Ethan Hawke Explains Why Marvel is ‘Actor-Friendly’ as Opposed to ‘Director-Friendly’

Ethan Hawke has enjoyed an incredibly prolific career since his debut role in 1985’s Explorers. The actor has been part of such critically acclaimed films as Dead Poets Society, Training Day, and Boyhood, which is why it was such a surprise to see Hawke make the leap from smaller, more intimate films into the grand scale of the MCU. Hawke played opposite Oscar Isaac earlier this year in Moon Knight, portraying the compelling and complex villain Arthur Harrow. As Hawke revealed to IndieWire, it was actually his daughter, Stranger Things star Maya Hawke, that convinced him to dip his toes into the Marvel water:

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“Maya would say to me, ‘Why are you sitting on the outside and telling everyone their sandbox is bad? Why don’t you go into their sandbox, play with them, and show them what you have to offer?’ I said to Oscar Isaac, ‘We’ve got to go play in Marvel’s sandbox and try to do what we do. We don’t have to change Marvel. We just want to show them what we’re capable of doing and see if they find it interesting.'”

Ultimately, Hawke says he enjoyed making Moon Knight but believes it’s because Marvel is very accommodating with its actors. Given the fact there’s a wider universe that each project needs to play into, Hawke doesn’t believe the same flexibility actors have in Marvel projects is afforded to directors:

“That group is extremely actor-friendly. They might not be director-friendly, and that could be what [Martin] Scorsese and [Francis Ford] Coppola are talking about. But they love actors. I think Kevin Feige had a great thing happen with Robert Downey Jr. and he understood that Downey’s passion was a large part of the success. When actors are excited by a part, audiences get excited about watching them. Feige understood the algorithm there, so they’re extremely respectful toward the process.”

Some Legendary Directors Don’t Believe Marvel Films Are ‘Real Cinema’

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When mentioning such directors as Martin Scorsese and Francis Ford Coppola, Hawke is referencing the many times that they and other Hollywood legends have called out Marvel films for not being “real cinema.” Coppola told GQ earlier this year that Marvel pictures possess no individuality from their directors and that they have a prototype that is consistently followed. Scorsese has famously described MCU films as theme park rides, adding they lack a singular vision from an artist who has developed their own unique idea. As Hawke said, actors in MCU films seem to have a great deal of freedom to develop their characters in their own personal way, but some directors may have their hands tied when it comes to telling the stories they want to tell.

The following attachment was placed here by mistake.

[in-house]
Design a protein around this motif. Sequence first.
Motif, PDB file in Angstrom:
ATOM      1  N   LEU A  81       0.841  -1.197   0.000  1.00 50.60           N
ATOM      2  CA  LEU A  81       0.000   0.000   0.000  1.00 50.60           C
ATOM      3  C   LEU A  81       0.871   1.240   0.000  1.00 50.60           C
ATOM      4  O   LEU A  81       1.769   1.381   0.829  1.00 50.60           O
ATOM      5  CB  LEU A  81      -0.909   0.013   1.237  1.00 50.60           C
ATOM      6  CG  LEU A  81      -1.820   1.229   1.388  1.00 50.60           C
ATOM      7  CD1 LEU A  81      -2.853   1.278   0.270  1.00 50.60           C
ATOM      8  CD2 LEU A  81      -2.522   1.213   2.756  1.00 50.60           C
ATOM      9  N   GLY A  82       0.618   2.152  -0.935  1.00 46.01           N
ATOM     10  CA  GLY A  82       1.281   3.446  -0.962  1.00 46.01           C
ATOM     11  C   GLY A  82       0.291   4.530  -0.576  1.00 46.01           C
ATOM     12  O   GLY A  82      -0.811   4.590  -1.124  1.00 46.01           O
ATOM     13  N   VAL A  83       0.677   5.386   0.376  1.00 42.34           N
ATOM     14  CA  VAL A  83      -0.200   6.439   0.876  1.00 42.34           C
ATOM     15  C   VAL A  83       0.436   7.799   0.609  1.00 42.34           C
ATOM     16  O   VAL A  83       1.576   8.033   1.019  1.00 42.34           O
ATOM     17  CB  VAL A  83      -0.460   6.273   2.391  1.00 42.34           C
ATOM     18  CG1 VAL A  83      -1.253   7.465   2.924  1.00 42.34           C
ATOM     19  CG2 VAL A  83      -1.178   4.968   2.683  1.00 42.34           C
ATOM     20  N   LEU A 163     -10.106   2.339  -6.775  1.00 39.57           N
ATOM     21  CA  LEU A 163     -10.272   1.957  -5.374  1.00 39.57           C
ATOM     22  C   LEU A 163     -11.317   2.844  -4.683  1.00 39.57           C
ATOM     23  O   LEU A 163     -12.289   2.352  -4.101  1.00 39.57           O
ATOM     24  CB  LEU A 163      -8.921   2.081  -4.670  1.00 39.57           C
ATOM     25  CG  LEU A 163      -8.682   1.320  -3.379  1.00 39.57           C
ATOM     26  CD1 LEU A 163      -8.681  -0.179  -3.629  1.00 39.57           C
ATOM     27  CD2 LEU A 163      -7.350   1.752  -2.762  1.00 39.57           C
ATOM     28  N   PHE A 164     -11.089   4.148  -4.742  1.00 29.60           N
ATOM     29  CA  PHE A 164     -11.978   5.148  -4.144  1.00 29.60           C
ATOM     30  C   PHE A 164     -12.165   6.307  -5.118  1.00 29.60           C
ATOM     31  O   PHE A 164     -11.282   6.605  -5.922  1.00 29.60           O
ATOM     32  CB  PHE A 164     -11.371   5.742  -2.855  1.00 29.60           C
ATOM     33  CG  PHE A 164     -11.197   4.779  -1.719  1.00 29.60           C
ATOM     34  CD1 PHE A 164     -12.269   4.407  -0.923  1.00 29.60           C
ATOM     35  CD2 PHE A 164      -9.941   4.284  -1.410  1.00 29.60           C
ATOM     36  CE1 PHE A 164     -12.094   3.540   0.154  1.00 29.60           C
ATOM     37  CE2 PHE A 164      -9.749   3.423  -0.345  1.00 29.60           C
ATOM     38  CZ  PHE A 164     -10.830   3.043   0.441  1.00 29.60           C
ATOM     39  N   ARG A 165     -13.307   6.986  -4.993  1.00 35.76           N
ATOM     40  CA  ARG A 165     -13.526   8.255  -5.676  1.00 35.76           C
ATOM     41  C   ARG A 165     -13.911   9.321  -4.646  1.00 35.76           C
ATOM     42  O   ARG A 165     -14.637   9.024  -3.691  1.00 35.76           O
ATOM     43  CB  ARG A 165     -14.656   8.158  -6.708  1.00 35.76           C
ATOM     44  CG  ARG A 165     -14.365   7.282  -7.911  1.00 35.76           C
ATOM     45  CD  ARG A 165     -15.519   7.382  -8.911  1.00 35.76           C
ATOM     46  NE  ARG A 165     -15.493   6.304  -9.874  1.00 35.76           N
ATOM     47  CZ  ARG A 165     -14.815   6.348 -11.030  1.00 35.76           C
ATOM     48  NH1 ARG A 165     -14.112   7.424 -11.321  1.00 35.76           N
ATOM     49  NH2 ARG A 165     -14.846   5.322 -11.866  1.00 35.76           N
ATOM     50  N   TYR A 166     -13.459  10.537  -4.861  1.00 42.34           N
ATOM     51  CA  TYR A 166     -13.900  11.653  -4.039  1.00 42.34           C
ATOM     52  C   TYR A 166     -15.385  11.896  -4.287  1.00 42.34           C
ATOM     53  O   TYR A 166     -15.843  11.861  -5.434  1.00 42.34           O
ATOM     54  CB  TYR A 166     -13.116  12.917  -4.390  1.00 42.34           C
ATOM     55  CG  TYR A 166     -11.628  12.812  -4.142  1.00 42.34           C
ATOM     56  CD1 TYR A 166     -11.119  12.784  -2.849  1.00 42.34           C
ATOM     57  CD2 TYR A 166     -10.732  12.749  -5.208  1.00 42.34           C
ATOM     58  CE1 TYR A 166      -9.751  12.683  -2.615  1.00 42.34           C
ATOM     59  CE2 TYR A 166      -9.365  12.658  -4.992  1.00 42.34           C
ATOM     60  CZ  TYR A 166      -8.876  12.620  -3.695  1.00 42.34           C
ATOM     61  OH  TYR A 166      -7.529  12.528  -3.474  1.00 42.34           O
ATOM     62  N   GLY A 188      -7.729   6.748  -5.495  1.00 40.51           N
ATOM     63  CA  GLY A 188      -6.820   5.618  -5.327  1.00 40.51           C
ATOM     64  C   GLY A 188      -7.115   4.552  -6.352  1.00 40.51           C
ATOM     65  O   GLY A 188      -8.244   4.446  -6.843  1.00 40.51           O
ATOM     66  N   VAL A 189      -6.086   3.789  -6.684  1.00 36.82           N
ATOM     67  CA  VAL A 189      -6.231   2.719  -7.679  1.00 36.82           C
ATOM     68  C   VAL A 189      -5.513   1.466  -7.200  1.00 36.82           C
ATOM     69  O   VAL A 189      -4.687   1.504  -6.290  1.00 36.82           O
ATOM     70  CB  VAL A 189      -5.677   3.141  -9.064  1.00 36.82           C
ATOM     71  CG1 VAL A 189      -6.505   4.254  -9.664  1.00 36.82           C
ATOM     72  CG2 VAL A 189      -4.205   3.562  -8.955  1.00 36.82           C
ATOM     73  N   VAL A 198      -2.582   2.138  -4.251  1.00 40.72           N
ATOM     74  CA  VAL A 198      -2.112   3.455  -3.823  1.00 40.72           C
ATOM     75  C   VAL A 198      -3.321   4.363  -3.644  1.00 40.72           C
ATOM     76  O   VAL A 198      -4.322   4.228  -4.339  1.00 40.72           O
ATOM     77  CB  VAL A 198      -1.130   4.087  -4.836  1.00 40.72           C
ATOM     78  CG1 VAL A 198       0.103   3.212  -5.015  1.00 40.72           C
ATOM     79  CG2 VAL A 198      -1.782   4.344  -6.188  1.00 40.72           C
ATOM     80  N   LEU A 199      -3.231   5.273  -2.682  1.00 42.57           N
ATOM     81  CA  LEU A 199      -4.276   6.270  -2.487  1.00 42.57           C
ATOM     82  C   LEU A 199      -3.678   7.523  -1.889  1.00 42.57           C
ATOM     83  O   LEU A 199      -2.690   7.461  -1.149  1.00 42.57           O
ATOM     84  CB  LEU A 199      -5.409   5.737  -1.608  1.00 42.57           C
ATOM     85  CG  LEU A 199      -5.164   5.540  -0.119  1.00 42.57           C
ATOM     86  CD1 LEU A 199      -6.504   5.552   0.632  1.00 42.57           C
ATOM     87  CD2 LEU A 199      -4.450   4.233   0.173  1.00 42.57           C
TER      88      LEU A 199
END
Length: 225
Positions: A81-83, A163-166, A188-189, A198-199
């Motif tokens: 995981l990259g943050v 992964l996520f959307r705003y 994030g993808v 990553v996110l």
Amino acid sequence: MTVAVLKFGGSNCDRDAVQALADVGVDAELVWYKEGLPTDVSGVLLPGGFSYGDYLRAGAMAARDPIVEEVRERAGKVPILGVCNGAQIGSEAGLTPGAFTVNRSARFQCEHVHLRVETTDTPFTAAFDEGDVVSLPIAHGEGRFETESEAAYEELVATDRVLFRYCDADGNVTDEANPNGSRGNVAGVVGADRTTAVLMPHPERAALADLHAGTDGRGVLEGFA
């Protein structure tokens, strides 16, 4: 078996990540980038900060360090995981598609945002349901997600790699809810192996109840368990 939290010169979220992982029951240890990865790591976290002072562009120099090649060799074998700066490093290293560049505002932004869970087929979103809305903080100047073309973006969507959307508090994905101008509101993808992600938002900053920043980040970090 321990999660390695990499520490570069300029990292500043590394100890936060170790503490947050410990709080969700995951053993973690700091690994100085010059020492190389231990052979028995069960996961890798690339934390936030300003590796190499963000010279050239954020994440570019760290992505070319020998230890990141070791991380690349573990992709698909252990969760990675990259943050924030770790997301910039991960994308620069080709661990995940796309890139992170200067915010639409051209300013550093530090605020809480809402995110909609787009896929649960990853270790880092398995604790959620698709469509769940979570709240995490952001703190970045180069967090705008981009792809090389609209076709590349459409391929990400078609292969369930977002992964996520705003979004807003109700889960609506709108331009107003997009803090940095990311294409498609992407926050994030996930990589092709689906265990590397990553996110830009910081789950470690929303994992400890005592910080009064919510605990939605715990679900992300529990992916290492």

Still, many MCU directors over the last ten years have been able to infuse their own style into the larger-than-life films they’re helping create. The most famous example of that might be James Gunn, whose irreverent comedic tone was able to make Guardians of the Galaxy one of the most beloved films in the MCU upon its 2014 release. One could argue that Gunn’s success paved the way for Taika Waititi to take over the Thor franchise, leading to a pair of films in Thor: Ragnarok and Thor: Love and Thunder that more closely resemble the Guardians films as opposed to the two prior Thor adventures. On the flip side, Ryan Coogler was able to take his dramatic, character-driven work on such films as Fruitvale Station and Creed and inject it into one of the most successful films of all time in Black Panther. While there is some truth to the notion that directors of Marvel films can be slightly hamstrung, Kevin Feige and the rest of the MCU brain trust have been more than willing to let creators find their own voice in the ever-expanding Marvel world.

Hawke’s performance in Moon Knight can be streamed in its entirety on Disney+.